Kitten Kay Sera is known as the “pinkest person in the world,” having dressed head-to-toe in the hue since 1980. In what the 60-year-old Hollywood-based pinkfluencer deems an “offensive” oversight by the Barbie movie’s marketing team, however, she was left off the guest list for the pink carpet premiere. She got in anyway, thanks to a dash of divine intervention and Ty Pennington, host of Extreme Makeover: Home Edition.
“I manifest things,” Kitten says. “I’ve crashed parties before. You gotta go, feel confident, look amazing, and people are like, oh my gosh. They let you in. Ty Pennington was right there when I walked out of the Uber, and I was like, ‘Ty, hey!’ We were judges on HGTV’s Barbie’s Dreamhouse Challenge together.” When she mentioned she didn’t have a ticket, he offered her two — he was leaving. “I knew that was divine intervention,” she says. “No joke. The pink angels put him in my path.”
It’s fitting. “I had a spiritual awakening on my 17th birthday,” she says. Up to that point, she rarely wore the hue, but that night, she wanted to wear her new pink off-the-shoulder sweatshirt with a matching skirt and tennis shoes. She hasn’t strayed from the color since. “I felt like I finally found myself. Before, I was sort of a wallflower. I didn’t have a definite style. I had a voice, but it wasn’t fabulous. But then, I arrived. I don’t want to sound like a sap or anything, but I’ll take pink to the grave.”
She really could. She owns a (used) coffin and a faux tombstone in her signature shade. In her apartment — dubbed the “Pepto Palace,” partly in tribute to the ad the brand shot there — the color is quite literally splashed wall to wall. Her carbon monoxide detector is pink. So are her electrical outlets, cleaning supplies, bathtub, Q-tips, rotary phone, treadmill, and even her dog, a Pomeranian named Pinky whose fur she dyes with beet juice. Aside from her 2006 Volkswagen Bug (which has a license plate that reads “PINKEST”), her biggest splurge was a custom pink leather, bejeweled bed that she estimates cost around $5,000.
She’s made a living off brand deals, commercials, and reality TV appearances since the 2000s, but prior to that, she held more mundane jobs. While working as a leasing agent in Texas, she was the sole employee excused from the white, blue, and khaki dress code. Later, she took a job at Pottery Barn Kids in California, where she was allowed to wear pink tops and shoes, but found out she was required to don black pants. She quit. As she told Cosmopolitan in 2018, she once spotted a bubblegum-colored throne on Craigslist. Unable to afford it, she bartered with the seller, trading the majestic chair for three months of cleaning his home. In total, she’s spent more than $1 million on her pink palace but insists she’s “not rolling in the Benjamins.”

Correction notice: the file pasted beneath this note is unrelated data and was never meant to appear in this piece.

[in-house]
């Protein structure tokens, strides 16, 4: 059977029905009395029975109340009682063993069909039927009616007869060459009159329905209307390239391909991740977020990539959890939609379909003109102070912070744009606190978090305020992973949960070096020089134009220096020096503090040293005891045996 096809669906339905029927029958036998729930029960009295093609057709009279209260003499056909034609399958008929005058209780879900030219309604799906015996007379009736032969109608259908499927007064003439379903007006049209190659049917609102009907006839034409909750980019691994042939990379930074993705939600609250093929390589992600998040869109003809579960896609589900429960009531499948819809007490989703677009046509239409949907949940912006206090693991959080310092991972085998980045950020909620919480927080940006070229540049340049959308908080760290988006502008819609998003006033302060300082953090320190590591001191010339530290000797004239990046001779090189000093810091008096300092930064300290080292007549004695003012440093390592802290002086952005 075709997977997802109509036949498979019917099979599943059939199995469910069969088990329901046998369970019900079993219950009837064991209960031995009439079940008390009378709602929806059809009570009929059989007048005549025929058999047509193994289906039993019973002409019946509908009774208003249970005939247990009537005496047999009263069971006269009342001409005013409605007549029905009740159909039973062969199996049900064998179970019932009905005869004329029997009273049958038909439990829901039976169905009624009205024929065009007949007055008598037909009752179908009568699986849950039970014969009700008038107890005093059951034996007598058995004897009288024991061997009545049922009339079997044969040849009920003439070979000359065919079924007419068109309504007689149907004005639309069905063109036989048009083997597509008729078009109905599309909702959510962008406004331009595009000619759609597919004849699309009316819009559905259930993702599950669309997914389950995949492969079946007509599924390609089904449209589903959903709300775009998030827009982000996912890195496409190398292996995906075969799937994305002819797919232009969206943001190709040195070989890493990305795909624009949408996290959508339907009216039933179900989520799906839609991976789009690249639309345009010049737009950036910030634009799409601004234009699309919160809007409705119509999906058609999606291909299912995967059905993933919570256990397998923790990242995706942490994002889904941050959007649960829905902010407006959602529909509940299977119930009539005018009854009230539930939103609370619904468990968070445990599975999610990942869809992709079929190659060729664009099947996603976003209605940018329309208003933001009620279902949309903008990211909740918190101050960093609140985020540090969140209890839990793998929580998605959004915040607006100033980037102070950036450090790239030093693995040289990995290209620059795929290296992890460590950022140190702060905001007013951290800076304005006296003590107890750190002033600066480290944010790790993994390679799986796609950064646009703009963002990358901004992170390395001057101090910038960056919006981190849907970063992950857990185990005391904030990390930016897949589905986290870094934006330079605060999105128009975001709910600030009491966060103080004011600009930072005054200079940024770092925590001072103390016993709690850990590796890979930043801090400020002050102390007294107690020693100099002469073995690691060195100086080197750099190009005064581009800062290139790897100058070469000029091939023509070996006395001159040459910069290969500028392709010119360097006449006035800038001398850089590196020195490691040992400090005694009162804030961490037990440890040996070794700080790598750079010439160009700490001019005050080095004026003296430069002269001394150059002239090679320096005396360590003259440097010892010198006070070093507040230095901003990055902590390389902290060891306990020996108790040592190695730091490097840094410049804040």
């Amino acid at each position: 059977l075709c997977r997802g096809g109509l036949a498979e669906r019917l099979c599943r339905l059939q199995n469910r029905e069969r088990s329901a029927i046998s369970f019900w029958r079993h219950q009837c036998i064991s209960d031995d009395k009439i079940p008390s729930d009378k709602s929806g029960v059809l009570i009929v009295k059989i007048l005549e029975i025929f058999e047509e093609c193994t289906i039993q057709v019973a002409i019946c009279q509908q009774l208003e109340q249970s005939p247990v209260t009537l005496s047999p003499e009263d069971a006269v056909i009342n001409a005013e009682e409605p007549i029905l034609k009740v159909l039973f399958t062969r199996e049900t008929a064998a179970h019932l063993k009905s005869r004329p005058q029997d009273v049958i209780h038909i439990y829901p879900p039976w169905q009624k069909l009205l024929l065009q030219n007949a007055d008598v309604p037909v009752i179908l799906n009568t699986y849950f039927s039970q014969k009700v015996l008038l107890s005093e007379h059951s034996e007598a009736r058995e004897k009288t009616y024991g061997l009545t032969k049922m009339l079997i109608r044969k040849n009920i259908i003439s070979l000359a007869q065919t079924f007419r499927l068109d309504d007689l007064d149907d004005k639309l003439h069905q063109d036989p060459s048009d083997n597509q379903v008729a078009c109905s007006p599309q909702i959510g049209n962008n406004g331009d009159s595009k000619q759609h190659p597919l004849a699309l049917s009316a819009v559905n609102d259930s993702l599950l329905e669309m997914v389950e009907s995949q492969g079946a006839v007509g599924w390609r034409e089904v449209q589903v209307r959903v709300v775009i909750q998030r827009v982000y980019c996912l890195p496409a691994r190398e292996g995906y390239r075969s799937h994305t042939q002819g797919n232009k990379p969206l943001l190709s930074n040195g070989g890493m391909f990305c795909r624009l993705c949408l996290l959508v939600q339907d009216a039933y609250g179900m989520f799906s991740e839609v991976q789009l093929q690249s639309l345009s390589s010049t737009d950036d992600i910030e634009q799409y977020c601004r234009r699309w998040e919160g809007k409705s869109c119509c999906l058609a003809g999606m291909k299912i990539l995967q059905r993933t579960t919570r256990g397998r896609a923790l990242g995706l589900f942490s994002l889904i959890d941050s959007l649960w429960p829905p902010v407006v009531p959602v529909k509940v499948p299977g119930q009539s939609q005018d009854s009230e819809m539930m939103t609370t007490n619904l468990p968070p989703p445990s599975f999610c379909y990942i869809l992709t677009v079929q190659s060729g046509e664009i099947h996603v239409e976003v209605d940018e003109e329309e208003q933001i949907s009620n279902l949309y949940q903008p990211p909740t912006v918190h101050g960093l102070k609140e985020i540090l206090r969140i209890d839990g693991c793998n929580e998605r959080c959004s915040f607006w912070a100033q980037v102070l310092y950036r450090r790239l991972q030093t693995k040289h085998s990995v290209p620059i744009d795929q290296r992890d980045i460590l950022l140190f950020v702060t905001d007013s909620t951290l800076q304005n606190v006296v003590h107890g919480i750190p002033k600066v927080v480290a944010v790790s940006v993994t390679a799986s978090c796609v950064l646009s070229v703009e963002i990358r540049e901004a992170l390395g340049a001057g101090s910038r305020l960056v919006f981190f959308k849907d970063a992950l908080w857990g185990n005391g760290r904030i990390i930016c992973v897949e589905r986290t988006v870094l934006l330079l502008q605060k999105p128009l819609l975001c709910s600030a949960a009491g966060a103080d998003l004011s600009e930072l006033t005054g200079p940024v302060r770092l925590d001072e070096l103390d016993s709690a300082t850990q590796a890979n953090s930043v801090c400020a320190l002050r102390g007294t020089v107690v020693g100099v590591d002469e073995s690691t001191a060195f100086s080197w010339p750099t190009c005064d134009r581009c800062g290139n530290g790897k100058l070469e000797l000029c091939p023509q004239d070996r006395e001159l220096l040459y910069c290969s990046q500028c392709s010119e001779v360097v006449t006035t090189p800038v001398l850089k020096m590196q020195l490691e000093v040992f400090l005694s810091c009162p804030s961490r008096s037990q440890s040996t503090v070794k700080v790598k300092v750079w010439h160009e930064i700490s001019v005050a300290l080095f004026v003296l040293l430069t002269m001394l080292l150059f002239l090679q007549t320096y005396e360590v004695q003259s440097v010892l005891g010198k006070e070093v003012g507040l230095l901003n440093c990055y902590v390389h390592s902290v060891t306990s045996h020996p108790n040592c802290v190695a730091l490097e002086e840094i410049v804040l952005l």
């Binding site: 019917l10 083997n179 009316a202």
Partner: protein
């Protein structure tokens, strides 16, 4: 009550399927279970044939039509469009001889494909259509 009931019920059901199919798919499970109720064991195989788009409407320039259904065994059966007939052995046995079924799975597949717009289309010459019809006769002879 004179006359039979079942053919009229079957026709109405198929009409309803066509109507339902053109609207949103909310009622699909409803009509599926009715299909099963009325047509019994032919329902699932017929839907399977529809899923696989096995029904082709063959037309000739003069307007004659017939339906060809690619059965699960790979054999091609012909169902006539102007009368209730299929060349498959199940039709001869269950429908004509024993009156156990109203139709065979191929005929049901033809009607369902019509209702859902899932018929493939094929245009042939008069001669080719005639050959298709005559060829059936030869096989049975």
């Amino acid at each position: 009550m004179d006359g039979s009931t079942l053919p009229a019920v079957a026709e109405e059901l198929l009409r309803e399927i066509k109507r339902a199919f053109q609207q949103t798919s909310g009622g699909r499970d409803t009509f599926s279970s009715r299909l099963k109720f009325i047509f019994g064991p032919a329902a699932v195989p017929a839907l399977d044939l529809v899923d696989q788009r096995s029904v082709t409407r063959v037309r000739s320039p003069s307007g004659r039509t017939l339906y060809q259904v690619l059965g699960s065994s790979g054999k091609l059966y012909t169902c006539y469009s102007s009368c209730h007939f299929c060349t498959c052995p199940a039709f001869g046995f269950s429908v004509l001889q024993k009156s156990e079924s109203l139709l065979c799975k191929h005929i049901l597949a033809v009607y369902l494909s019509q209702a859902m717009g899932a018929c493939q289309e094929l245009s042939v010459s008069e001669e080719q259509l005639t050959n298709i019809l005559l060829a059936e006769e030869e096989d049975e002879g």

Kitten loved the premiere, by the way. Ryan Gosling gave her a Ken-like stiff wave, she cried “like five times” during the movie, and she gives set designer Sarah Greenwood and set decorator Katie Spencer “pinkcredible marks” for all the rose-hued streets and sand. (She wishes costume designer Jacqueline Durran had embraced the shade more.)
“I think the only person that’s been doing pink longer than me is Barbie,” she says, laughing. Debuting in 1959, the plastic icon has four years on her and shaped Kitten’s views on womanhood. “She doesn’t need to be taken care of. She’s a fashion designer, an astronaut, anything. She doesn’t just take care of a baby, change the baby, you know?”
Beyond Kitten and Barbie, the shade has plenty of dedicated fans. Such “monochromatics” have been around way before Barbiecore had a name, and thanks to the buzz surrounding the movie, their lives are rosier than ever before. Instead of attracting side-eyes, they inspire (quite literally) millions of followers online. Crucially, pink products are easier to find, too.
Kitten celebrated a milestone on Jan. 1, 2022: She “married” her favorite color. “It was pinktacular,” she says. The Las Vegas, Nevada, ceremony took place — six months before Jennifer Lopez and Ben Affleck did the same thing — in a pink Cadillac that Elvis is said to have once used. The officiant held a copy of Vogue Portugal’s 2021 pink issue featuring the bride on the cover. During her vows, she held a jumbo strip of paint swatches with all of her favorite shades. The bridesmen donned custom powder-pink velvet tuxedos, the restroom was stocked with magenta toilet paper, and she served a flamingo-topped pink cake and matching cupcakes. She asked her guests to wear pink — the only one who didn’t comply had loaned all of her pink clothes to other partygoers, so she showed up in green and said she was “green with envy” over the nuptials. The night before, Katy Perry attended the bridal shower clad in sparkly dark pink. (Kitten is friendly with her talent manager, and the wedding’s after-party took place at Katy’s concert.)
Kitten was far from the only person thinking pink that winter. Two months later, director Greta Gerwig began filming Barbie, and simultaneously, Valentino presented a collection featuring 40 ensembles in electric fuchsia. Neutrals had reigned supreme over the previous few years (think Kim Kardashian’s all-white mansion), but in the ensuing months, the vibrant color took center stage as the Barbiecore trend collided with the revival of Y2K’s pink fever.